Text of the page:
He is into his fourth final in 14 grand slam main draws, and should he win on Sunday, he could become the youngest player in the Open era to win the men's singles at Roland Garros and Wimbledon in a calendar year.

Since the ATP rankings were first published in 1973, Alcaraz has become the youngest player to achieve top-five wins on grass, clay and hard court in consecutive seasons (2023 and 2024).

Indeed, he is just the third player under 22 to win his first five matches of the season against top five opponents, after Bjorn Borg (1977-78) and Rafael Nadal (2006-07). 

Jannik Sinner explained he was combatting dizziness and illness as he fell to an epic five-set defeat against Daniil Medvedev in the Wimbledon quarter-finals.

Top seed Sinner, who was forced to take a medical timeout midway through the third set, rallied brilliantly from that issue in the fourth to force a decider in a four-hour tussle on Centre Court.

However, the Italian ran out of steam in the fifth set, with Medvedev going on to clinch a 6-7 (7-9) 6-4 7-6 (7-4) 2-6 6-3 victory.

"Already in the morning I didn't feel great and had some problems," Sinner said after the match when he was asked about his struggles.

"Then with the fatigue, it was tough. 

"I went off the court actually. I didn't want to go off. The physio told me better to take some time because he watched me, and I didn't seem in shape to play. I was struggling physically.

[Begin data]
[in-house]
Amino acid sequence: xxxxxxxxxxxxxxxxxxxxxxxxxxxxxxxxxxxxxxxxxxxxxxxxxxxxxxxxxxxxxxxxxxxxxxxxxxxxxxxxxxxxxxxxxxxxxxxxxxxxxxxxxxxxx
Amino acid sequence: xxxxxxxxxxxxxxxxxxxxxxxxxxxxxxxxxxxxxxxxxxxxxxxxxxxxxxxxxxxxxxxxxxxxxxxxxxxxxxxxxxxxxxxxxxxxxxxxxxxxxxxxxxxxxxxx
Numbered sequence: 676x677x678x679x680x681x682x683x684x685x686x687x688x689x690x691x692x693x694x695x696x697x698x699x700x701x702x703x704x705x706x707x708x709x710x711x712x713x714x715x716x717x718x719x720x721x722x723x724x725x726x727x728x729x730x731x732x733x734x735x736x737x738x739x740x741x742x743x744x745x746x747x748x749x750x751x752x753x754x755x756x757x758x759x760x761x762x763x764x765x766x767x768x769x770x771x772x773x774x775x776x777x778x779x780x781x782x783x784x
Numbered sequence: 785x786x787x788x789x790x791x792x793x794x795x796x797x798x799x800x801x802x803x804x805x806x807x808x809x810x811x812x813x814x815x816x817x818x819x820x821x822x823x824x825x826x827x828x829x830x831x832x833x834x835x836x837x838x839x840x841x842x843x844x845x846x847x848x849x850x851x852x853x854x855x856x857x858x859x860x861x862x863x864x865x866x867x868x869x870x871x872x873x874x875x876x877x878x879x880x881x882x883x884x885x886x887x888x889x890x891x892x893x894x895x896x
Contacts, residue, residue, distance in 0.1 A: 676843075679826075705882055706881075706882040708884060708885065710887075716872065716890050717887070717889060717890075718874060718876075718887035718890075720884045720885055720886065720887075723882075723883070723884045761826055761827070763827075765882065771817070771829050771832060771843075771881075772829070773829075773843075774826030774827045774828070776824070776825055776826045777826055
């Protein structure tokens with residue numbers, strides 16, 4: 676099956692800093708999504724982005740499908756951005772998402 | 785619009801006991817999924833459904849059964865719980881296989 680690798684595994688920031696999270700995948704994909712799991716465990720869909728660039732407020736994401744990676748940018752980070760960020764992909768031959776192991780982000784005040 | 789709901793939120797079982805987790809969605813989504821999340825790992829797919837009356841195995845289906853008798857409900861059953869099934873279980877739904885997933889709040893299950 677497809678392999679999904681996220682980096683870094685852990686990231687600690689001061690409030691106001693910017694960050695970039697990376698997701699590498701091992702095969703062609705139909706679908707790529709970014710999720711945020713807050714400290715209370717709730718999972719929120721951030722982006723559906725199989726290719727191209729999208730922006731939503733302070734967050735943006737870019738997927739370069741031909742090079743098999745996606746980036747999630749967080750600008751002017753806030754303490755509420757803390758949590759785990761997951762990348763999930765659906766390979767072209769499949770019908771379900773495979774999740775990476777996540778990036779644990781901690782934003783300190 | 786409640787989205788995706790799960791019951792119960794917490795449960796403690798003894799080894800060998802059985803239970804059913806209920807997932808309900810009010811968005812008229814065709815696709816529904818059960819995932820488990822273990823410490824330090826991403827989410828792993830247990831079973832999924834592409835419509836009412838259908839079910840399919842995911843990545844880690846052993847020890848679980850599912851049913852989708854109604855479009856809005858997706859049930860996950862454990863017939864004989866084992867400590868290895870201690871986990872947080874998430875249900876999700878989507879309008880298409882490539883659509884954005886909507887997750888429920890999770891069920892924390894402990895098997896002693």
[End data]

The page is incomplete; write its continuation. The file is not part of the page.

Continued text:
"It was not an easy moment. I tried to fight with what I had.

"I was not feeling great. I didn't vomit. But took some time because I was dizzy quite a lot. Yeah, actually off court I had a little bit the toughest time maybe.

"I retired a lot two years ago. I don't want to retire if it's only a little bit of illness or sick or whatever."

Sinner stressed he did not want to detract from Medvedev’s victory and had been determined to see the match through to the end.

"Nothing to take away from Daniil – he played very smart, good tennis," added the Italian.

"I was still in shape to play somehow. The fifth set I felt a little bit better again. The energy level was a bit up.

"But the energy level was not consistent. It was up and down. Like this, it's also not easy to handle the situations on the court.

"It happens. I was never thinking about retiring. You don't want to retire in a quarter-final of a grand slam."

Sinner has made the last eight or better at each of the last three Wimbledon appearances, but is yet to reach the final.

Medvedev, meanwhile, will take on defending champion Carlos Alcaraz in the semis on Friday, having now matched his best career run at the All England Club.

Daniil Medvedev prevailed 6-7 (7-9) 6-4 7-6 (7-4) 2-6 6-3 over world number one Jannik Sinner to reach the semi-finals at Wimbledon.

In a four-hour epic, the Russian outlasted top seed Sinner to reach the last four at the All England Club for a second straight year.

Since 2000, Medvedev is only the fourth player to defeat the men's number one on three or more occasions at grand slams, along with Novak Djokovic, Rafael Nadal and Stanislas Wawrinka.